• Prey/Habits: The Lady Bug feasts on many small soft-bodied insects such as aphids and spider mites. A single Lady Bug can consume up to 500 aphids a day. They often are most valuable for the farmer or gardener when contained which is why they are often employed in a greenhouse type situation. The larvae of ladybugs are strictly predators, but the adults will sometime feed on pollens and nectars. They are not harmful to plants. Lady Beetles born in the summer time may only live a few weeks to a month however over wintering Lady Beetles can survive up to ten months. The Lady Beetles sold in stores are generally of the variety Hippodamia Convergens or the convergent Lady Bug. The problem with this variety is they have a tendency to flee the sight. Another drawback is that they are generally incapable of laying eggs.
    • Appearance: The larvae are black and longer than the adults with speckled yellow or orange dots on there back. The adults are shiny and generally red with some black spotting on there back.
  • Lacewings
    • Prey: Lacewings feed primarily on caterpillars, small beetles, soft-bodied insects such as aphids, and some larvae. Both larvae and adults are predatory, and use there modified jaws to suck the liquid inners out of their prey.
    • Habits: Lacewings will mate and lay their eggs on any surface like windows, sides of homes etc. They will molt several times before spinning a silk cocoon and disappearing to pupate. They will emerge relatively quickly and can go through multiple generations in a season
    • Appearance: Lacewings are generally a green-bodied long insect with two pairs of wings. Their wings are covered with a lacey veining pattern that is quite delicate. They have large compound eyes next to long antennae.
  • Trichogamma Wasps
    • Prey: Trichogamma Wasps are amazing predators as they parasitize other insects egg masses. They are known to attack over 150 different insect species such as cabbage loopers, hornworms, cutworms, as well as many different moth larvae.
    • Habits: Adult wasps seek out eggs following odor. The parent wasp then deposits her egg inside the host egg. Once the wasp hatches, it begins to consume the contents of the egg. The larva then pupates, and eventually chews out of the egg as adult and flies off to locate next host egg.
    • Appearance: One of the smallest insects on the planet, they look just like larger wasps but are not much bigger than the head of a pin. Wasps have two pair of wings and the females are equipped with a stinger. This is used for probing possible host eggs.
  • Praying Mantis
    • Prey: The Mantis will eat just about anything that suits its appetite, feasting largely on any insects that happen by. They have been known to eat birds. The mantis will either stay absolutely still and wait for its prey to walk by, or it will slowly and purposefully creep towards its prey. It will then strike out with its folded forelegs, grasping or even impaling its prey. These beneficial garden friends do not differentiate between allies and pests in the garden.
    • Habits: The mantis is a strange creature with stranger habits. When the mantis mates, the female will often kill the male in the throws of passion. The male can continue to have fruitful intercourse for several minutes after he loses his head. The mantis often sways back and forth when it moves possibly simulating the wind influenced movements of the tree or foliage its hiding on.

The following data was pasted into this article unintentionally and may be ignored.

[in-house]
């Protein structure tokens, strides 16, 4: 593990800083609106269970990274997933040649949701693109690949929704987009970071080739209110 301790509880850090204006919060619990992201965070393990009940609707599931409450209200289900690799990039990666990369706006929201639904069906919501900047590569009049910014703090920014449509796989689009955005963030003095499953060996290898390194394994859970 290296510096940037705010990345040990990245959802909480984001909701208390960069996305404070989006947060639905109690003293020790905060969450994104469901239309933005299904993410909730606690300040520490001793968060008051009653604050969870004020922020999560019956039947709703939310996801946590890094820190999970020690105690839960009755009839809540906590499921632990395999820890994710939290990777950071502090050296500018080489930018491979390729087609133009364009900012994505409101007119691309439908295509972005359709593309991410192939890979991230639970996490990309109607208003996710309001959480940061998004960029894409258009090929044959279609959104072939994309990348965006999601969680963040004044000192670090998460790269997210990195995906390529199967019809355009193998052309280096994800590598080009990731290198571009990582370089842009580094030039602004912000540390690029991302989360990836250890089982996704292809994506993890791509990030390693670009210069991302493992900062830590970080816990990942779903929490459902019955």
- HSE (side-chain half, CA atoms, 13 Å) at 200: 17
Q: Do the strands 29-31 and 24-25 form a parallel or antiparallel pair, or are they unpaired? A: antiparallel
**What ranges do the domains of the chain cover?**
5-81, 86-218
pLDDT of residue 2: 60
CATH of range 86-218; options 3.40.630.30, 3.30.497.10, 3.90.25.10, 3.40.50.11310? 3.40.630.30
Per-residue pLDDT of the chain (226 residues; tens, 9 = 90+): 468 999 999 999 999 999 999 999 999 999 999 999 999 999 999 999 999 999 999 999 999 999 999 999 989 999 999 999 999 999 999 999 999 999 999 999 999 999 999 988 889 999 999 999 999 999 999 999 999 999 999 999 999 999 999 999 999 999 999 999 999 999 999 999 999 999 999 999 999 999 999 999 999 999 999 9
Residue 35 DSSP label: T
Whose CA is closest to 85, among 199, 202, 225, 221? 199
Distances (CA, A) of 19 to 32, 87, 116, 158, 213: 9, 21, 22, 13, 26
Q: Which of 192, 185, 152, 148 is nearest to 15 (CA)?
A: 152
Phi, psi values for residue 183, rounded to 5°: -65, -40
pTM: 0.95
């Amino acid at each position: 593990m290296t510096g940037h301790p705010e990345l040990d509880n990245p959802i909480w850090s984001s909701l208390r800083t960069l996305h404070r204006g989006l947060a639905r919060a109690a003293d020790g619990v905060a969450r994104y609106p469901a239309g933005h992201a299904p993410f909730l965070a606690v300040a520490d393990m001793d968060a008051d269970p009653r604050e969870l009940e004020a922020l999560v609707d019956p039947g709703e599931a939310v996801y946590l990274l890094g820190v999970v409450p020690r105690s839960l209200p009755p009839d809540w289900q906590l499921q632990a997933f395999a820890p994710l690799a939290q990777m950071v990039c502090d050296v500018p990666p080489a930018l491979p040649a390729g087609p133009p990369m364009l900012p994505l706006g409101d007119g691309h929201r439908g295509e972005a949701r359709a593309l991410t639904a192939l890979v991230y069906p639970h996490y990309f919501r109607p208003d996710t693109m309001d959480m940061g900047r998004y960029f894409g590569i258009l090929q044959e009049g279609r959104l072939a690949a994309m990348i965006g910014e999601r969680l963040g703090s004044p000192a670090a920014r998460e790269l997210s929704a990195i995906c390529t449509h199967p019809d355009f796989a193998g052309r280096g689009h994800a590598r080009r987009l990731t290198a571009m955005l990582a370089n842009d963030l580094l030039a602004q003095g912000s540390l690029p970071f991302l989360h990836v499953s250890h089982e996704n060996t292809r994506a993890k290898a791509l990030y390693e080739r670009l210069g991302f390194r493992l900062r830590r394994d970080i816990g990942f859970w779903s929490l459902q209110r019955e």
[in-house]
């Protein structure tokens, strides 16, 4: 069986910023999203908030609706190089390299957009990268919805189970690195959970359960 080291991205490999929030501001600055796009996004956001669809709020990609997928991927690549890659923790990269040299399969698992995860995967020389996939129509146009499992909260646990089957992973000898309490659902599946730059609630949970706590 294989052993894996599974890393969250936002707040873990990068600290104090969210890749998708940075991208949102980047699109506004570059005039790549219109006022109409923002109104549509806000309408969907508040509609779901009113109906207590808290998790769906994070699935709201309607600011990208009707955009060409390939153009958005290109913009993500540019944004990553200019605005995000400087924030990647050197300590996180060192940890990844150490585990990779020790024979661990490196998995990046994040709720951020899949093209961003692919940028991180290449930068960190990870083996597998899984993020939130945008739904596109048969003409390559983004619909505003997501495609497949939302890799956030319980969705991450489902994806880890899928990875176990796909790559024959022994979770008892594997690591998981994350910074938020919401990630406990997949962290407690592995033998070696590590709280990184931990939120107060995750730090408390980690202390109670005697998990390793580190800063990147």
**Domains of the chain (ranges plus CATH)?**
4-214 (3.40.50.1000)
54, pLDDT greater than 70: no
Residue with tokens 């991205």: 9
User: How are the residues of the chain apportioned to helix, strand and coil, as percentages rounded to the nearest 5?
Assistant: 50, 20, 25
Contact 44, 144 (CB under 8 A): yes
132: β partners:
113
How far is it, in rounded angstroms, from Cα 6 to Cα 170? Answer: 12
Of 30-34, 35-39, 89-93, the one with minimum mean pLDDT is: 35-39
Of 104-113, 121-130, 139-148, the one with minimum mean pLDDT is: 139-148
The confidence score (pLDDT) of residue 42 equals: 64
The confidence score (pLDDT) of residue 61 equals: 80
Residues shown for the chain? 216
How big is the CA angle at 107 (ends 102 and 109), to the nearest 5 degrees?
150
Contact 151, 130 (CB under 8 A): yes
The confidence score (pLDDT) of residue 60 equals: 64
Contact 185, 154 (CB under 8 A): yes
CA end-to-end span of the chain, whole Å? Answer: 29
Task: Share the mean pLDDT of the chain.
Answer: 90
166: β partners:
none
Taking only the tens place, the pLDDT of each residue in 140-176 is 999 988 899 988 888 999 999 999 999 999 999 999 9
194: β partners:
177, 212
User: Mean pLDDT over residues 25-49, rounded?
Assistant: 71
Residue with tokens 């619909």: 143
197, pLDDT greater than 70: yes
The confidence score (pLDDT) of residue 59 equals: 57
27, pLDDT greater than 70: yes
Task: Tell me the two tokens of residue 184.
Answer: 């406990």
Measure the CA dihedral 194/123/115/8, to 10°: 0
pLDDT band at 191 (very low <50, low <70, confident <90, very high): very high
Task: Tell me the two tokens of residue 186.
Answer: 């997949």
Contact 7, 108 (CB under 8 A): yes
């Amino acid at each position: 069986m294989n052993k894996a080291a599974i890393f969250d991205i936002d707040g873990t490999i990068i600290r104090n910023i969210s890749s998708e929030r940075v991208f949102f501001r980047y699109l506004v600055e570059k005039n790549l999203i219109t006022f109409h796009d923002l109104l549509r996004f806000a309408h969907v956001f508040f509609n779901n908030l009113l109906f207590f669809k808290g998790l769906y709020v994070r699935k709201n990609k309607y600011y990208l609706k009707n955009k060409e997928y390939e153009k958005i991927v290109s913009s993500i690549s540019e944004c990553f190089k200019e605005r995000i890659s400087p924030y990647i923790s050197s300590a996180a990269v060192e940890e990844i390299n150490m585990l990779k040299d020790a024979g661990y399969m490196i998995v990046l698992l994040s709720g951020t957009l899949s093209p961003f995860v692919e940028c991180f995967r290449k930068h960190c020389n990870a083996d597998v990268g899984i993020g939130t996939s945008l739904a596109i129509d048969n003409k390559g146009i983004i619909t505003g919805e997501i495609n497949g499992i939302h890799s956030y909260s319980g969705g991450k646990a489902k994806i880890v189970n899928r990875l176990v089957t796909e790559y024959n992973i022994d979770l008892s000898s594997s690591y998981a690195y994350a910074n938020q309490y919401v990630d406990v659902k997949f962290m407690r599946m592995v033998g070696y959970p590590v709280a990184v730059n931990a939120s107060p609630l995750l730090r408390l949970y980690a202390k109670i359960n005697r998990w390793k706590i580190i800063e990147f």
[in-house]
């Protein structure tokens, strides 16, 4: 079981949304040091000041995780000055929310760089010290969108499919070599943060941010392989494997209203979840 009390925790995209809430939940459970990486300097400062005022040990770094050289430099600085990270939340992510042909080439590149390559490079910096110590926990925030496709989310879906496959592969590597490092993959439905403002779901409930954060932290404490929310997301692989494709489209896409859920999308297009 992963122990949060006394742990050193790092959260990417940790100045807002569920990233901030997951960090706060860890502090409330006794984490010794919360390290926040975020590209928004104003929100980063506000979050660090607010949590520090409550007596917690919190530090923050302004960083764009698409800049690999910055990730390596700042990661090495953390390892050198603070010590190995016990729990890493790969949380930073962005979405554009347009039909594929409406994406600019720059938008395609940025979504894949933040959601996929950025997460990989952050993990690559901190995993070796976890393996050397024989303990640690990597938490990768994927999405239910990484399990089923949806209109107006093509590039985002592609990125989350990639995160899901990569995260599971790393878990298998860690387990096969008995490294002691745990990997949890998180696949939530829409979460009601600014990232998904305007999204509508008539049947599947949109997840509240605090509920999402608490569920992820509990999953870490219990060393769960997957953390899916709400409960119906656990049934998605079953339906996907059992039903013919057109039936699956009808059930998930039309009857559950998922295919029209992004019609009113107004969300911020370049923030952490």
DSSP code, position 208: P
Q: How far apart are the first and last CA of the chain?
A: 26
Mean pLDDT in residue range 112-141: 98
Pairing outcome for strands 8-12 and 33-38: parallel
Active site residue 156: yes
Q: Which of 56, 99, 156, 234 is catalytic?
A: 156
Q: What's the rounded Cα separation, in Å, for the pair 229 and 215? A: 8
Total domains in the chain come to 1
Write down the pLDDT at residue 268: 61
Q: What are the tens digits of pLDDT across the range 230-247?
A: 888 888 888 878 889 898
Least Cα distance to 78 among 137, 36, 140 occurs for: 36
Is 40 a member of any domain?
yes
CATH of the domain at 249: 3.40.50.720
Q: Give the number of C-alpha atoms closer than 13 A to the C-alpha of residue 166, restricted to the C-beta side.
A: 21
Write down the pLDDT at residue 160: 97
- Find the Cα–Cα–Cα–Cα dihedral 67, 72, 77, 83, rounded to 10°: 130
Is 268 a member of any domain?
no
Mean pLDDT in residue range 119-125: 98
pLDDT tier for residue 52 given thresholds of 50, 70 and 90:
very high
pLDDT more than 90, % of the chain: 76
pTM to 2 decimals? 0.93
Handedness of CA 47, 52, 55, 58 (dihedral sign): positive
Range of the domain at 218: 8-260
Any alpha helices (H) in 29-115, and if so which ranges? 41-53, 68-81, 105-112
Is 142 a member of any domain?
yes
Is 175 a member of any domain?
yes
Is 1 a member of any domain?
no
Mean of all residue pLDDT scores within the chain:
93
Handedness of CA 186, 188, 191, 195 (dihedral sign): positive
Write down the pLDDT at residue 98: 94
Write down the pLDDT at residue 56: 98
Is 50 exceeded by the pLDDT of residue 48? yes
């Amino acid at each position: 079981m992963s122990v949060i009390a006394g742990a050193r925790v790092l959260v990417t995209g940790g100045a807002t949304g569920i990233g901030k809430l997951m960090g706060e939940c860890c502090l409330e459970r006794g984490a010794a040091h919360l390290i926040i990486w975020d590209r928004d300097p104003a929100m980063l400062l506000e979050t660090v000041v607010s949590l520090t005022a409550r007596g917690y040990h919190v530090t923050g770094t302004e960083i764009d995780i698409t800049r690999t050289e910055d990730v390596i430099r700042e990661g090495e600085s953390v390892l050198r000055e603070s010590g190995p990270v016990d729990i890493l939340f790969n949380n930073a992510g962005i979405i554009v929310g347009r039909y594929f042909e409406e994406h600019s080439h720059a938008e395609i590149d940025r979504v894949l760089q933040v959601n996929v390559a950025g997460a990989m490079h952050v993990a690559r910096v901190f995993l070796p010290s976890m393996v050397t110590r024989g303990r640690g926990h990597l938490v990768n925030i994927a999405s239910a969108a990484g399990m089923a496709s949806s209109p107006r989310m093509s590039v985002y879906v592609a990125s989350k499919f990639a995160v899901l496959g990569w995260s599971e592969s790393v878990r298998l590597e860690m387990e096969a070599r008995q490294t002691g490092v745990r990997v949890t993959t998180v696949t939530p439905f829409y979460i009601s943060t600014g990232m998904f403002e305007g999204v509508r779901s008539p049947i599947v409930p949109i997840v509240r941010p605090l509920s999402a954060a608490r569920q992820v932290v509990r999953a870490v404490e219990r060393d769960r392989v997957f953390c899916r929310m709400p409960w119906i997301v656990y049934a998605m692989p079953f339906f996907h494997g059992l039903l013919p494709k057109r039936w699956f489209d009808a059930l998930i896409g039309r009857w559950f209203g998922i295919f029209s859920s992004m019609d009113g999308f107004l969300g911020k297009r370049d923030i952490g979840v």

• Appearance: The mantis is a large insect, measuring from a centimeter being the smallest variety, to the largest being six inches. Most mantises are green or greenish/brown, however tropical mantis can be pink. They have swiveling heads that can turn a full 180 degrees, and their main defense against larger predators is their camouflage. Some mantises have hollow bodies that they use as an echo location chamber to "hear" bat frequencies and therefore avoid being eaten by hurling themselves to the ground.
  • Tachinid Fly
    • Prey: The tachinid fly will parasitize grasshoppers, beetles, larvae, caterpillars etc. They will often take on large hosts such as the tomato hornworm. Some not all species are host specific, only preying on there chosen diet.
    • Habits: The female tachinid fly will lay her eggs on the host insect skin, however sometimes the eggs will be injected into the body of the host. The larvae then hatch and feed on host insect. Sometimes the host ingests the fly's eggs only to have the fly destroy the host upon hatching. Adults enjoy pollen and nectar as well, and can serve duel purpose in the garden as pollinators.
    • Appearance: This large fly often will be seen with a blue metallic abdomen. There are over 1400 North American species in the family Tachinidae. Adults have incredibly distinct bristles on the end of their abdomens. They are a similar size to the common housefly but can occasionally resemble bees.
  • Soldier Beetle
    • Prey: Soldier Beetles enjoy aphids, beetle larvae, caterpillars, moth larvae, and many other common pests. Adults and larvae soldier beetles are both predatory
    • Habits: Some soldier beetles can be attracted by growing nectar rich flowers in the garden. Adult females lay their eggs in the soil, and larvae emerge shortly there after and begin to feed. Adults will often relax and wait by a good source of pollen, feeding on pollen and nectars until a good prey comes along. The adults will the take advantage of the prey insect that has landed to do the same.
    • Appearance: Soldier Beetles, (a.k.a. leatherwings), get their name from the soft uniform like clothed appearance of their wings. They're about half an inch in length and generally have a yellow or reddish underbody with brown or black wings. Larvae are velvety in nature with large protrusions from their heads.

 

Assessment/Review

  • Identify a common harmful pest. Discuss its range, host plants, appearance, habits, and methods of control.
  • Identify a common beneficial insect. Discuss its appearance, habits, and its prey.

 

«« Back to Intern Curriculum

 

Back to top

This page was last updated on: May 16, 2012